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Which subjects should I choose?

Choosing your A levels needs careful research. But it needn’t be stressful!

'I like all the sciences and might apply for a physics degree but don’t know whether I should take English A level as well, to give me a broader range?' Tim, year 11 student from Brighton.

  • Take advice from your school careers advisor and university admissions departments so you can make an informed decision, based on accurate up-to-date information.
  • It is worth asking questions and researching entry requirements for courses at various universities to get a good idea of the subjects you should take.

Things to consider when choosing your subjects

  • A levels are a big step up from GCSEs. Your career or degree ideas may change so make sure you choose subjects which you like, and can do well in.
  • If you are taking a science A level, you should consider whether you need to look at taking another science or maths, particularly if you are interested in scientific careers or higher education courses.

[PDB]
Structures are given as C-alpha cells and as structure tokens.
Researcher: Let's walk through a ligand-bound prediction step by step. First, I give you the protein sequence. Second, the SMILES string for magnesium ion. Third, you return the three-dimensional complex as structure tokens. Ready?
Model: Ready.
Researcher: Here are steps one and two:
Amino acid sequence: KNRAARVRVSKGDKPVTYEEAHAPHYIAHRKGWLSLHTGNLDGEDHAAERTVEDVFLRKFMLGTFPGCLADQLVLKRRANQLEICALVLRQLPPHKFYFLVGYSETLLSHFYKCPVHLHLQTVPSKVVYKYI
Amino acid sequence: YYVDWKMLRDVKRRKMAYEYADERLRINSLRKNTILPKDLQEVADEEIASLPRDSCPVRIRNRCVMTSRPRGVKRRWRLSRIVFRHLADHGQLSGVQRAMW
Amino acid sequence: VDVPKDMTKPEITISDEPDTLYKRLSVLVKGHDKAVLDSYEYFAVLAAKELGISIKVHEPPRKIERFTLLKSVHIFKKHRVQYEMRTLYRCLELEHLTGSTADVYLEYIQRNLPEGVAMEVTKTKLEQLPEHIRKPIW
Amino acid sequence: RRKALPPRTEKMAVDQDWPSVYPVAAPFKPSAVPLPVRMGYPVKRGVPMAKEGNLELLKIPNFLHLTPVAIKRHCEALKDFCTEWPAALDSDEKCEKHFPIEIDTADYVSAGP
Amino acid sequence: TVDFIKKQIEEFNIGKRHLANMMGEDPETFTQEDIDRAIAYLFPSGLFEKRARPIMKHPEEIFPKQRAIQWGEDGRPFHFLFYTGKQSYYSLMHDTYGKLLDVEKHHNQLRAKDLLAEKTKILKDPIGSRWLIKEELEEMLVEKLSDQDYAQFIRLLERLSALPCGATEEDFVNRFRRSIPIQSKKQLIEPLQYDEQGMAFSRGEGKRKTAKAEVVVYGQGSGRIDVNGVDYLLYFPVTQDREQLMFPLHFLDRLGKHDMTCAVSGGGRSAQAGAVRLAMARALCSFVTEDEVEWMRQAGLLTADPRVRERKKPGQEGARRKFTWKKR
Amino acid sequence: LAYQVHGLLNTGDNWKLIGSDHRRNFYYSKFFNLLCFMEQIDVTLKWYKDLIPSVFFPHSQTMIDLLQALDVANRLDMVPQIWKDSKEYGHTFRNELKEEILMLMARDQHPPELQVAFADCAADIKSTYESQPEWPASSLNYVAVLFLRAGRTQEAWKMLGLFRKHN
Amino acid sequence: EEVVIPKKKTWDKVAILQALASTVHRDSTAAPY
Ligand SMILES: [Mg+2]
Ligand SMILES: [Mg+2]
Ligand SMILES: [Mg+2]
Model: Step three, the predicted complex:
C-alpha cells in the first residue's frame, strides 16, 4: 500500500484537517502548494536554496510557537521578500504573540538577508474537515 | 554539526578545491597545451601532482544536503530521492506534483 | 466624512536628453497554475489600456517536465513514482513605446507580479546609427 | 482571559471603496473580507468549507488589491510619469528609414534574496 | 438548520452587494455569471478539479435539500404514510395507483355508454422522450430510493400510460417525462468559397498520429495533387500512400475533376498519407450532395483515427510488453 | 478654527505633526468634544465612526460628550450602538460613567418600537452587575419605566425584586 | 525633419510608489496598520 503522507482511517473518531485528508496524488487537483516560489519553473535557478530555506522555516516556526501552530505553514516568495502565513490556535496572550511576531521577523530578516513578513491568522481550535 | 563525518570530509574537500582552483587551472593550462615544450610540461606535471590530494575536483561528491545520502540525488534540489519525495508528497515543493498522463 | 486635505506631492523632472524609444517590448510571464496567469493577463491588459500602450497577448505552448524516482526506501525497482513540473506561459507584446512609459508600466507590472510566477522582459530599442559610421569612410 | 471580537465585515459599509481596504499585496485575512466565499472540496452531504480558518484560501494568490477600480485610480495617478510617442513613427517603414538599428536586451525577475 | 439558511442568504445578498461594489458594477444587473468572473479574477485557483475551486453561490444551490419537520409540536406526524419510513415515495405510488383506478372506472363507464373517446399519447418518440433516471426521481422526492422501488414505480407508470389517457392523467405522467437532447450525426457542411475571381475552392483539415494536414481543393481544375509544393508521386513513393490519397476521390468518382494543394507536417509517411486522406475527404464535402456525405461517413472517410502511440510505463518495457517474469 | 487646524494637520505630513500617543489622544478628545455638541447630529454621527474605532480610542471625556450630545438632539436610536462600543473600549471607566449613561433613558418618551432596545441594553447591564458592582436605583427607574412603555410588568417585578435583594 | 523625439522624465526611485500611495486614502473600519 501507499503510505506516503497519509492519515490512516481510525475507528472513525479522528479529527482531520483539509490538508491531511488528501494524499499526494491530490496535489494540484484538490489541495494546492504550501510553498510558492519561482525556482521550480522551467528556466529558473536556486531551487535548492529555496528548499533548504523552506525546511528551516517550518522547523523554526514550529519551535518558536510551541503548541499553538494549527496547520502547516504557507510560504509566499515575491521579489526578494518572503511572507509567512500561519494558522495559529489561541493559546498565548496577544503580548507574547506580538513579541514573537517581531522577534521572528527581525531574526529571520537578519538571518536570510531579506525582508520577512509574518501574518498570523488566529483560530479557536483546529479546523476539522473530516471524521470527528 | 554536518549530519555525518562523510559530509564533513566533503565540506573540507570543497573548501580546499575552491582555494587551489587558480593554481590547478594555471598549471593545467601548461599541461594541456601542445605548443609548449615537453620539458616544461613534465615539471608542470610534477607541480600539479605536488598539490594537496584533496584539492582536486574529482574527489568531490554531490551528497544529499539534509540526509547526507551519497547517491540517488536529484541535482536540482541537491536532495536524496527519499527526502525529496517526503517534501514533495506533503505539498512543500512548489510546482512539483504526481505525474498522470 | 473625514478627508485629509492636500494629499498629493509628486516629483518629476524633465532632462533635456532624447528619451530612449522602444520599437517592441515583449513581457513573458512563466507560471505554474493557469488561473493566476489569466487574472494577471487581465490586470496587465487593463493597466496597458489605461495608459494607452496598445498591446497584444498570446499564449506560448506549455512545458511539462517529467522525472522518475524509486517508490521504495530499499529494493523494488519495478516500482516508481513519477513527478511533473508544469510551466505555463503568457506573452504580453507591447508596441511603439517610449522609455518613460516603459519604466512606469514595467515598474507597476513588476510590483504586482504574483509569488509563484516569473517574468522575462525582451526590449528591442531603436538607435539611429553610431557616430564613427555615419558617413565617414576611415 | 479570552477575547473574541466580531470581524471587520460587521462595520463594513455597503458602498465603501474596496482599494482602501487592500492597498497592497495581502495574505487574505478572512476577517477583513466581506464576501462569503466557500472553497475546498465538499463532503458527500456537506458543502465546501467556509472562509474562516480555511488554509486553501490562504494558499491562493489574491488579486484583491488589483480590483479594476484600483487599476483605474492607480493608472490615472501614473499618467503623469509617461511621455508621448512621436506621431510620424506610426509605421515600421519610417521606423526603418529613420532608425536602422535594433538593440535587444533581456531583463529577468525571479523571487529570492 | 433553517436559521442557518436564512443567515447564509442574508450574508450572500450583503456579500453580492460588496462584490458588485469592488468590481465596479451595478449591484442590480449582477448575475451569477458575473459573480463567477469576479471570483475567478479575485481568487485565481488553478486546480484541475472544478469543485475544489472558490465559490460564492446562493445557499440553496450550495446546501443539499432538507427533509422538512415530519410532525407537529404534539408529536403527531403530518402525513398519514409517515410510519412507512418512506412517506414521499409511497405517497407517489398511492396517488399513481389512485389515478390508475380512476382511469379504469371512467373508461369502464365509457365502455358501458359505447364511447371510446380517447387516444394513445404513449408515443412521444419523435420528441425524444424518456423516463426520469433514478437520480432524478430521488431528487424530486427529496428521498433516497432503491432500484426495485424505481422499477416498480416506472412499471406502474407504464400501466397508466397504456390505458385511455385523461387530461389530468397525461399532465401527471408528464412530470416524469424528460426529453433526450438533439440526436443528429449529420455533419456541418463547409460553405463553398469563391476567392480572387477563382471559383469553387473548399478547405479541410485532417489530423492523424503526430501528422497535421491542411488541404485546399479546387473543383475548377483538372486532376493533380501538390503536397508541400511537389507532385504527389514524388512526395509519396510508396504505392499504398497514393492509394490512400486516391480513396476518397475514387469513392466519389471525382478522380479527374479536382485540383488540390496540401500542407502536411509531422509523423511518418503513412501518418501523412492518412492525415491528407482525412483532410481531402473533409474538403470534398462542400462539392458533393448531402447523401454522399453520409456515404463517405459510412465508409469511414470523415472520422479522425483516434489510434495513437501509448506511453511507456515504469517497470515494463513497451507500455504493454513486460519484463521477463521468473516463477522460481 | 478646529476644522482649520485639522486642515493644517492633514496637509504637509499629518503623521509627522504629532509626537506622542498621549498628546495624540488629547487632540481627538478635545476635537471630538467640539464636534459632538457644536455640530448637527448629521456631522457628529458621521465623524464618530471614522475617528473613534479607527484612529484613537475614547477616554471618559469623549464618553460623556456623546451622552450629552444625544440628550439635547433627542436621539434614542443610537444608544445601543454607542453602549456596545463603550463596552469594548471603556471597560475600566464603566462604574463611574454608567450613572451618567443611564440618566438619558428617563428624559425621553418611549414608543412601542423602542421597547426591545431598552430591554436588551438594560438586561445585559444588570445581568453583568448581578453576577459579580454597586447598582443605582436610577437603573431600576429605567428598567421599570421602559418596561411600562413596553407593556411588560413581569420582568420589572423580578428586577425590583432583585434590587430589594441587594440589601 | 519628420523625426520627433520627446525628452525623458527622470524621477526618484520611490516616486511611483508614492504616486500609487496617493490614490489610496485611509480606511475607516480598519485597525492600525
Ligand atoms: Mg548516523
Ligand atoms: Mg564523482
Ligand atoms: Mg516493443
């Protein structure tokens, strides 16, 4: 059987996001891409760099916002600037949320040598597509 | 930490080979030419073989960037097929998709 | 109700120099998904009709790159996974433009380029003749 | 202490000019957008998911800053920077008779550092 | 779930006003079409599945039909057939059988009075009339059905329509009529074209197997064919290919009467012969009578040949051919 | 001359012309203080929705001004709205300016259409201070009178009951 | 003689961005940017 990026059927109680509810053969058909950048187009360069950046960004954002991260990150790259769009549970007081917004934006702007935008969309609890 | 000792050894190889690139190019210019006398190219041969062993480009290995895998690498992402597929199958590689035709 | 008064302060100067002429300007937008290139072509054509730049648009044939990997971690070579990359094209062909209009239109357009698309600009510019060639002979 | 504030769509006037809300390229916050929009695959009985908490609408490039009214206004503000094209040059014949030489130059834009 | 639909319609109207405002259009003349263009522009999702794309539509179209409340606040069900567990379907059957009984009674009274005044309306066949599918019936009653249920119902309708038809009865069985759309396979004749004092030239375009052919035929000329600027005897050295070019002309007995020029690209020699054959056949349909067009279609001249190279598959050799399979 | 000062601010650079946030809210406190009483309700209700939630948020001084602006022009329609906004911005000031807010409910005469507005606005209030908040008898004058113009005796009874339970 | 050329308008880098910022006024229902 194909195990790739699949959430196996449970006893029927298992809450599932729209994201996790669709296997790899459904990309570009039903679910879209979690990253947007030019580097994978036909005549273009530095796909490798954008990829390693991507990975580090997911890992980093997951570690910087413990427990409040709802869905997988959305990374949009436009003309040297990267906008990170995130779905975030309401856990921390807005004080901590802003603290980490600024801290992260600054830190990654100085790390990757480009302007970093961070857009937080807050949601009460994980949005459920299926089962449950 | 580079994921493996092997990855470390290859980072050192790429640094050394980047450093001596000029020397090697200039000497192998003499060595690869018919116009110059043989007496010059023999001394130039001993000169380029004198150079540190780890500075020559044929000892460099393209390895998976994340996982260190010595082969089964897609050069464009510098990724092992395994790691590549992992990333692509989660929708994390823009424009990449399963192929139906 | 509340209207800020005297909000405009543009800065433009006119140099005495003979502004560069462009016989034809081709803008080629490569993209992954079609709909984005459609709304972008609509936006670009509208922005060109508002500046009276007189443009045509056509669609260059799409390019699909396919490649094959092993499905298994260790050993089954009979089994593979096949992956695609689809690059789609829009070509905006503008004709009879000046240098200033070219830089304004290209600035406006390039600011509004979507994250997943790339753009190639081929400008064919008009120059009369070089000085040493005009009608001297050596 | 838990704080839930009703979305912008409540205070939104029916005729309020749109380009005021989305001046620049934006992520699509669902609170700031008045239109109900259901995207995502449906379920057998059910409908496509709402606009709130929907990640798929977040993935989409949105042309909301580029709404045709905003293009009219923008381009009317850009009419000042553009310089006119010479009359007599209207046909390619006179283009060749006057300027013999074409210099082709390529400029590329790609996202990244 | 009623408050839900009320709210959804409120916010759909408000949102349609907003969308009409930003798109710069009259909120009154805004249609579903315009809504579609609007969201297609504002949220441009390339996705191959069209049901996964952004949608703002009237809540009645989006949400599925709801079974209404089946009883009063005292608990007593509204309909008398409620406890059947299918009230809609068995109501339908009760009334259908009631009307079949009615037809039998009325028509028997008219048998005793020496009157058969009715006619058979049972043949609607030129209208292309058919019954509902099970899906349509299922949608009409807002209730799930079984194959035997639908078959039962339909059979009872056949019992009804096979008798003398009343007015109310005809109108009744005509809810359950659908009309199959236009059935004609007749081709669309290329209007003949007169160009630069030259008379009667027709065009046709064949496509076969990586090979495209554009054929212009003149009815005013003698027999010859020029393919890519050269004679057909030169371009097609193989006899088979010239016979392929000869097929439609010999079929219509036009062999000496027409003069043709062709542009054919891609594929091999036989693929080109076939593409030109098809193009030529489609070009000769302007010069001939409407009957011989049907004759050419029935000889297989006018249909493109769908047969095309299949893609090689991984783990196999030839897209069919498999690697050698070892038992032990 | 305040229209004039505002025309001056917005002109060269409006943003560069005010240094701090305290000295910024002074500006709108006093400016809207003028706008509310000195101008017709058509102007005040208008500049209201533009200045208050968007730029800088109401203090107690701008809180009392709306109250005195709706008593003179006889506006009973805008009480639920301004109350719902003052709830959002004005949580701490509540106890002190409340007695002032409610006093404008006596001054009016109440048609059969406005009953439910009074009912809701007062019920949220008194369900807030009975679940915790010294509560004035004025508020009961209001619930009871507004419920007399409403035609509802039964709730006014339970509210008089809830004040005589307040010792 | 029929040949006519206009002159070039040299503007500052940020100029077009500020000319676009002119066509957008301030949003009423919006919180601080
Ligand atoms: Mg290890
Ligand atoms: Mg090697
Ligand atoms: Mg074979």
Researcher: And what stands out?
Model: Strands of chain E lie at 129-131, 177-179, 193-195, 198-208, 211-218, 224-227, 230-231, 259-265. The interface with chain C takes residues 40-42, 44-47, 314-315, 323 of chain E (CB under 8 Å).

Don’t assume you will like the subject at A Level just because you liked it at GCSE – it could be really different! Ask your teachers for advice.

  • Do be careful with your combination choices – some universities might not like a combination of subjects that they feel are too similar, such as Business and Economics for example.
  • Don’t take all new subjects – having 3 or 4 new areas of study could be asking for trouble.
  • Don’t take English and maths at A level because you think this is what employers want, or because they are good subjects to fall back on – take them if you are good at them and really interested in studying them further. Most employers are happy with English and maths  at GCSE level.
  • Don’t take A levels because you need them for your chosen career if you don’t really like the subject, or it is not one of your stronger subjects.

Remember – choose subjects

  • You will enjoy.
  • You believe that you will do well in.
  • That will help you get to where you want to go in the future.

Consider taking at least one (preferably two) facilitating subjects (also called 'informed choices') if you are planning on studying at a highly selective or academic university – this will keep your options open.